My thought has always been that Reagan, Churchill, and Thatcher were the greatest leaders of the 20th century. They revived moribund economies, social systems, and military retrenchment. Along with John Paul II these 3 defeated socialism, fascism, Nazism, communism, and progressivism. Now that socialism has returned, who will rise to the challenge? God bless you Margaret Thatcher...T

And now the last of them is gone. Margaret Thatcher, Ronald Reagan, and Pope John Paul II—three who won the Cold War and, it isn't too much to say, saved the West (at least for a while!)—are no longer with us. Their examples remain.

They knew what they believed but also knew they had to justify their beliefs, and that one could adjust prudently to circumstances without yielding on principle. They stood firm when in power, and they took risks to get there, challenging the conventional wisdom and the respective establishments of their nations or institutions. They were conservative but not nostalgic, and would counsel us today against excessive nostalgia for their deeds and their days. They would rather, I suspect, urge that we act in their spirit—what one might call a spirit of unapologetic but reformist conservatism.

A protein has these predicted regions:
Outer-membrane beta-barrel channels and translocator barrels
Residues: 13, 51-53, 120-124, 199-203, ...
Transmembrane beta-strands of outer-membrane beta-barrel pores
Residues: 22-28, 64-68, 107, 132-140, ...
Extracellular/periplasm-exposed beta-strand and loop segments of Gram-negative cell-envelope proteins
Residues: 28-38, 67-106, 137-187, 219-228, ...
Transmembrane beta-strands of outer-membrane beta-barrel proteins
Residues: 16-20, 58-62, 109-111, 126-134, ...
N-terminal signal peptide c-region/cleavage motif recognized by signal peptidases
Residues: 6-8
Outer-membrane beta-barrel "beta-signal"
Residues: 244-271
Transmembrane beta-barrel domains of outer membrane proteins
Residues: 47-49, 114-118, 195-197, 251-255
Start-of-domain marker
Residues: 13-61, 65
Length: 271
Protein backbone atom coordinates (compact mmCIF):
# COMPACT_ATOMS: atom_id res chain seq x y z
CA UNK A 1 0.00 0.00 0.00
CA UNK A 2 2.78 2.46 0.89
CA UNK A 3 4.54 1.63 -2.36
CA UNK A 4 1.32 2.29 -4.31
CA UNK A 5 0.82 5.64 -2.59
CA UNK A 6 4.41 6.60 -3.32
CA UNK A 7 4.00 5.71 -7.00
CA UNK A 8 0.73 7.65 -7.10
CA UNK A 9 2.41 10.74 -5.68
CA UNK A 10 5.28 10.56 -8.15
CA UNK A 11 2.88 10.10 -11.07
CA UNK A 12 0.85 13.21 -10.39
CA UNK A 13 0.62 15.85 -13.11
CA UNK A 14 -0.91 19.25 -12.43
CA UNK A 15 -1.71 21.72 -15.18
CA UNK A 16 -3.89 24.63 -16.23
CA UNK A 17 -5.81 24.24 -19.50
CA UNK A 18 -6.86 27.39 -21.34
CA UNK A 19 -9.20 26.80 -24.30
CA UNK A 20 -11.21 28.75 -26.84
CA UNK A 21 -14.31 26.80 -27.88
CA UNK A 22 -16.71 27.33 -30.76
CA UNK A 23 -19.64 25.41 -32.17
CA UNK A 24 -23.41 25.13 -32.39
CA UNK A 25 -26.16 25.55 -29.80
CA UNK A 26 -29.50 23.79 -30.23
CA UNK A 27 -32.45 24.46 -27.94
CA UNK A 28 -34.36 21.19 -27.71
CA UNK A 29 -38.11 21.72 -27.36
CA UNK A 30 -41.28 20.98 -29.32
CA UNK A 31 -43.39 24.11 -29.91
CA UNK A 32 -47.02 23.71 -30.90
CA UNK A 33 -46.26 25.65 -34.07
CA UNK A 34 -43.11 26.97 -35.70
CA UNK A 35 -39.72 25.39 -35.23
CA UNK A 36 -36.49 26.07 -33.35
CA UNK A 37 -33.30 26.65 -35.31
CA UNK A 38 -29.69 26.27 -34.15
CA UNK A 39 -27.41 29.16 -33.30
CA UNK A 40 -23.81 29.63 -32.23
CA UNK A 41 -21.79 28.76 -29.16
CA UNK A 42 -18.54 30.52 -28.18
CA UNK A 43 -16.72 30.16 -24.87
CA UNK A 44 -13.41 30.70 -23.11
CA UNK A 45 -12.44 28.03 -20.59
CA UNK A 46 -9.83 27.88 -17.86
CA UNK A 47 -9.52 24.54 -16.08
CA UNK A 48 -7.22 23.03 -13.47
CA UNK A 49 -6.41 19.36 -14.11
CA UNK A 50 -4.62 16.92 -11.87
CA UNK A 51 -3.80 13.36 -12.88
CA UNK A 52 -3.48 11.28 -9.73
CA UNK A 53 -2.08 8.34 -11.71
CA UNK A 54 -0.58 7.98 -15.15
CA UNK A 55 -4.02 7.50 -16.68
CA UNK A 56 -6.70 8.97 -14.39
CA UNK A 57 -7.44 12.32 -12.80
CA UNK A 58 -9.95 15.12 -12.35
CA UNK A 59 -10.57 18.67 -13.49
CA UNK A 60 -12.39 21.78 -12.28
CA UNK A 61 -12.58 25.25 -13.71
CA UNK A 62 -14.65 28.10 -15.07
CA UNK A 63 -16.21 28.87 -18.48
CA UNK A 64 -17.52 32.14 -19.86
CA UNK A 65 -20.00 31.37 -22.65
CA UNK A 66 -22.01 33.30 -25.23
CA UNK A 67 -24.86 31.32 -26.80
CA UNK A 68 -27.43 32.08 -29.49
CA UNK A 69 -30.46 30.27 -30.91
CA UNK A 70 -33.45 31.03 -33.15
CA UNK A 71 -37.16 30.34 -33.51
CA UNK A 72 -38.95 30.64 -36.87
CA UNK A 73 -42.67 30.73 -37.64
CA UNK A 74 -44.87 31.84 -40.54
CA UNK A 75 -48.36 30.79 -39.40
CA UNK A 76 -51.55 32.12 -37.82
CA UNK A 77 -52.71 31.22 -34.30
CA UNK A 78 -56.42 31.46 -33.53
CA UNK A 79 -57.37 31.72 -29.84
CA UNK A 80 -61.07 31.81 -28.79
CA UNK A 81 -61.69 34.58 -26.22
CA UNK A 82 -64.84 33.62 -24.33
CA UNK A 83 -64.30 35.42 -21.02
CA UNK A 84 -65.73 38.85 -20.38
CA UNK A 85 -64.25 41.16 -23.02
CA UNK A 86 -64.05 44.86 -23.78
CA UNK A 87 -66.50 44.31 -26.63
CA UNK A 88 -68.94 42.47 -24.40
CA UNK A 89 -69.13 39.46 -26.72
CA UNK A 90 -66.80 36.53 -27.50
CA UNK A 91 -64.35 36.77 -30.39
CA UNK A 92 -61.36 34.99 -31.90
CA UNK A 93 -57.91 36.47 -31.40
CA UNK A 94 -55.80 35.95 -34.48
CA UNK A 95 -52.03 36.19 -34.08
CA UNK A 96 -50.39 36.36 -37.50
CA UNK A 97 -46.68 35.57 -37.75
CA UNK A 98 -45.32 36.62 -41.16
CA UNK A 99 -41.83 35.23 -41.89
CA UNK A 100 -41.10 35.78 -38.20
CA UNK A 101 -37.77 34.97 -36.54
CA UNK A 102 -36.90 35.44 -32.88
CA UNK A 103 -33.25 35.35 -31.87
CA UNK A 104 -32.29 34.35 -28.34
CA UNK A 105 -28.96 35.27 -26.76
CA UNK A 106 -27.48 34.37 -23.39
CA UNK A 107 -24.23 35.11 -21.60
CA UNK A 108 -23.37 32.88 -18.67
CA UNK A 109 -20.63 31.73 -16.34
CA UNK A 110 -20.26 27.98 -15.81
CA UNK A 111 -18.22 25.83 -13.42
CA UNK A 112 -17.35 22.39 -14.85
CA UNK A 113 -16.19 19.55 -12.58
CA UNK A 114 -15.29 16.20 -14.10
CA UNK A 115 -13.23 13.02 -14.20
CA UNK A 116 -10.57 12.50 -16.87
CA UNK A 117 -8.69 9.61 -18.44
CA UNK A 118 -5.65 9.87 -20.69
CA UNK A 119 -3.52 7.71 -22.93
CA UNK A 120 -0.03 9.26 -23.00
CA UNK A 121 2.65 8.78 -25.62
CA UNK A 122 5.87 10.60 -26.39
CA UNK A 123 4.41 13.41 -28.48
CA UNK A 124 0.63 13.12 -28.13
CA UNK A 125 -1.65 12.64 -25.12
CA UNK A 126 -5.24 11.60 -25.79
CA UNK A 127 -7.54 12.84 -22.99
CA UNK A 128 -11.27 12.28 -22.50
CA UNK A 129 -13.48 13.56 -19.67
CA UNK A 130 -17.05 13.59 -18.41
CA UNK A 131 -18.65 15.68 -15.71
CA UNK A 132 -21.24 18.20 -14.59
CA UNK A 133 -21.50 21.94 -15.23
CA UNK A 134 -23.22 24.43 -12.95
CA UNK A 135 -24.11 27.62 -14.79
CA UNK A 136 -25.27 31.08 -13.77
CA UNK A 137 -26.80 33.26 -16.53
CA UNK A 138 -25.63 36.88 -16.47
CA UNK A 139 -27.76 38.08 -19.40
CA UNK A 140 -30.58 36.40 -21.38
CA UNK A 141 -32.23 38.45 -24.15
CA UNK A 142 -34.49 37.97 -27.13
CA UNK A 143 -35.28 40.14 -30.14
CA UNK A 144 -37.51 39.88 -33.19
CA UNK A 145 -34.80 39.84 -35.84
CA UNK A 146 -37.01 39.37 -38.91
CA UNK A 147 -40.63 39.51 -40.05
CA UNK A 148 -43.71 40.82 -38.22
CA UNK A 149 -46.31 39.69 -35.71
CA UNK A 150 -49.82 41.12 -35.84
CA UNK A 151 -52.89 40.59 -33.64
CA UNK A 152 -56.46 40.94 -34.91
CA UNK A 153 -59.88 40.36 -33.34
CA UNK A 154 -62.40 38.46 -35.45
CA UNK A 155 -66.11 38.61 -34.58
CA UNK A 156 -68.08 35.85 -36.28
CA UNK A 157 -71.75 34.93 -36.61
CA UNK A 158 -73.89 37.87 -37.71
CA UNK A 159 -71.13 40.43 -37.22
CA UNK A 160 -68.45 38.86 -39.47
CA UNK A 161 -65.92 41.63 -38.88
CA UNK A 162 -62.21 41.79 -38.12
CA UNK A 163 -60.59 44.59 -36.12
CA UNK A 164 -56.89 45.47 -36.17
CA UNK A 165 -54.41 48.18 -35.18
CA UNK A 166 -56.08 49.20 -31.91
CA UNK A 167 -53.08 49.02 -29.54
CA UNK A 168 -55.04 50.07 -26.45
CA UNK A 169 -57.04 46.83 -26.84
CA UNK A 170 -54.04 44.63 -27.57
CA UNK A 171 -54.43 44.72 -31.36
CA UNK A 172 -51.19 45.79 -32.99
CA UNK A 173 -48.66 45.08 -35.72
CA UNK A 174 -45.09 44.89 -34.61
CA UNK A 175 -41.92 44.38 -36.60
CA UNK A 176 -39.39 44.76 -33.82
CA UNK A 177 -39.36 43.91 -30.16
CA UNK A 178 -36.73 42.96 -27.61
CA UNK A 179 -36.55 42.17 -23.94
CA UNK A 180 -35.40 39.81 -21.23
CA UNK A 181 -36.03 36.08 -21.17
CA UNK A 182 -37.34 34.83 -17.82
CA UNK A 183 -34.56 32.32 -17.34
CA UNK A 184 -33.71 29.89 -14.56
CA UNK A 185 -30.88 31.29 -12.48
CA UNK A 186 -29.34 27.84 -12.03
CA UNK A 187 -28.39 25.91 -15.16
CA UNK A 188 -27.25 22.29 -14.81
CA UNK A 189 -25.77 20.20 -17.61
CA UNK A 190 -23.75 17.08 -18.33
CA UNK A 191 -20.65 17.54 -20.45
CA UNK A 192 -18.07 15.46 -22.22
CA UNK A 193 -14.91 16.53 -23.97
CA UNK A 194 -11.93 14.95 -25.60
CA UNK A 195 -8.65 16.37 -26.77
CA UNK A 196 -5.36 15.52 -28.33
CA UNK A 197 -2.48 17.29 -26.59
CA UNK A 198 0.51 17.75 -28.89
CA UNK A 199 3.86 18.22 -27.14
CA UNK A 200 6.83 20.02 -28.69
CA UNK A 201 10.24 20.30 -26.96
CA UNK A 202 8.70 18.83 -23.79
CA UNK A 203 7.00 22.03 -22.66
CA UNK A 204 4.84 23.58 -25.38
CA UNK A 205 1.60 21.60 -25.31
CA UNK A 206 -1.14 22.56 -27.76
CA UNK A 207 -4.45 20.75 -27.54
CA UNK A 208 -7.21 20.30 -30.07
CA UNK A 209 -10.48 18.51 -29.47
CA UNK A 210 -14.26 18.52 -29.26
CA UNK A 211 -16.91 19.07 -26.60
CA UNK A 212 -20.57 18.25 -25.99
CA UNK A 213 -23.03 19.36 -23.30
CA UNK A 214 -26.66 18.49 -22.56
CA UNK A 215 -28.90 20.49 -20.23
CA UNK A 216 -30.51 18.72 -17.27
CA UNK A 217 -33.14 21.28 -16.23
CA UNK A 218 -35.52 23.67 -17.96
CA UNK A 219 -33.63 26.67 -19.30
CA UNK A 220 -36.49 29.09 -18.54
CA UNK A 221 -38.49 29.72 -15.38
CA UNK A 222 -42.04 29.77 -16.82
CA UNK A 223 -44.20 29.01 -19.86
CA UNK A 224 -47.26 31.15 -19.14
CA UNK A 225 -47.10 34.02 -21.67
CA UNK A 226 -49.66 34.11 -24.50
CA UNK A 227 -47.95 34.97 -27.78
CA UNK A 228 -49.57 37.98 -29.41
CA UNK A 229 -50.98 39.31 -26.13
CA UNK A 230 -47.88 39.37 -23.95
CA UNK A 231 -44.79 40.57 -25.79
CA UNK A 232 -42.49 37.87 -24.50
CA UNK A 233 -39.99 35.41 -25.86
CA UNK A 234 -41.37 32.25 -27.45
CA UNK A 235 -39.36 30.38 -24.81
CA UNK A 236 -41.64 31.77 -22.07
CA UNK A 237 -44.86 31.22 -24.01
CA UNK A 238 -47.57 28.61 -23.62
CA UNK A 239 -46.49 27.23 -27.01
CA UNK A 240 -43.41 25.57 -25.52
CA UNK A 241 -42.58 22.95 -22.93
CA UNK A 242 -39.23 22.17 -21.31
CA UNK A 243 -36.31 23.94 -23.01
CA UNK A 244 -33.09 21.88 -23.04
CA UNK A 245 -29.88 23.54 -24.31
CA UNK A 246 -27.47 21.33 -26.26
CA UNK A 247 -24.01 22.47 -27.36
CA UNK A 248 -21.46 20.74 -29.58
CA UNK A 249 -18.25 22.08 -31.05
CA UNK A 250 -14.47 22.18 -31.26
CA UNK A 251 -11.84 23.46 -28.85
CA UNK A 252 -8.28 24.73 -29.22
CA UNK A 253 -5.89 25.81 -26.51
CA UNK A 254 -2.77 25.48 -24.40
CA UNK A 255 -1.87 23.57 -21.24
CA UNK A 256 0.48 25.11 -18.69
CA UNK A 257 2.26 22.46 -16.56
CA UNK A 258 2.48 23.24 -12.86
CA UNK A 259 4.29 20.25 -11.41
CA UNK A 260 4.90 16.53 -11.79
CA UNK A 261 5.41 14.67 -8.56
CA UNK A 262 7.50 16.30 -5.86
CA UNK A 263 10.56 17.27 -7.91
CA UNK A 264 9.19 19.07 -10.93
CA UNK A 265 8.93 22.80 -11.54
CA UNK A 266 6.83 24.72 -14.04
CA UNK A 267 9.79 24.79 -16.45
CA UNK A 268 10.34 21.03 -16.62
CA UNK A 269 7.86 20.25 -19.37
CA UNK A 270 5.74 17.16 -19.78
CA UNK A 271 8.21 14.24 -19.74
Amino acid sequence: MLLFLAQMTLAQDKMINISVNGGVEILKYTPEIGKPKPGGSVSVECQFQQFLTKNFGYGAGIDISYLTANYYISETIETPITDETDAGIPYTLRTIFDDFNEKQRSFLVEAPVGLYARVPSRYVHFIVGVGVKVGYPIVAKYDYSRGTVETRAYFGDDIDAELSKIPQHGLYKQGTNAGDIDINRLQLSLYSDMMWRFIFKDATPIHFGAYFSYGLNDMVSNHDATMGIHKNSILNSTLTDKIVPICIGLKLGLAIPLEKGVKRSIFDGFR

Whittaker Chambers wrote at the end of his last letter to Bill Buckley, “Each age finds its own language for an eternal meaning.” So each age has to find its own leaders for an eternal task—the defense and renewal of civilization. The death of Margaret Thatcher is a healthy reminder to students of politics of the difficulty, the gravity, and also the nobility of this task.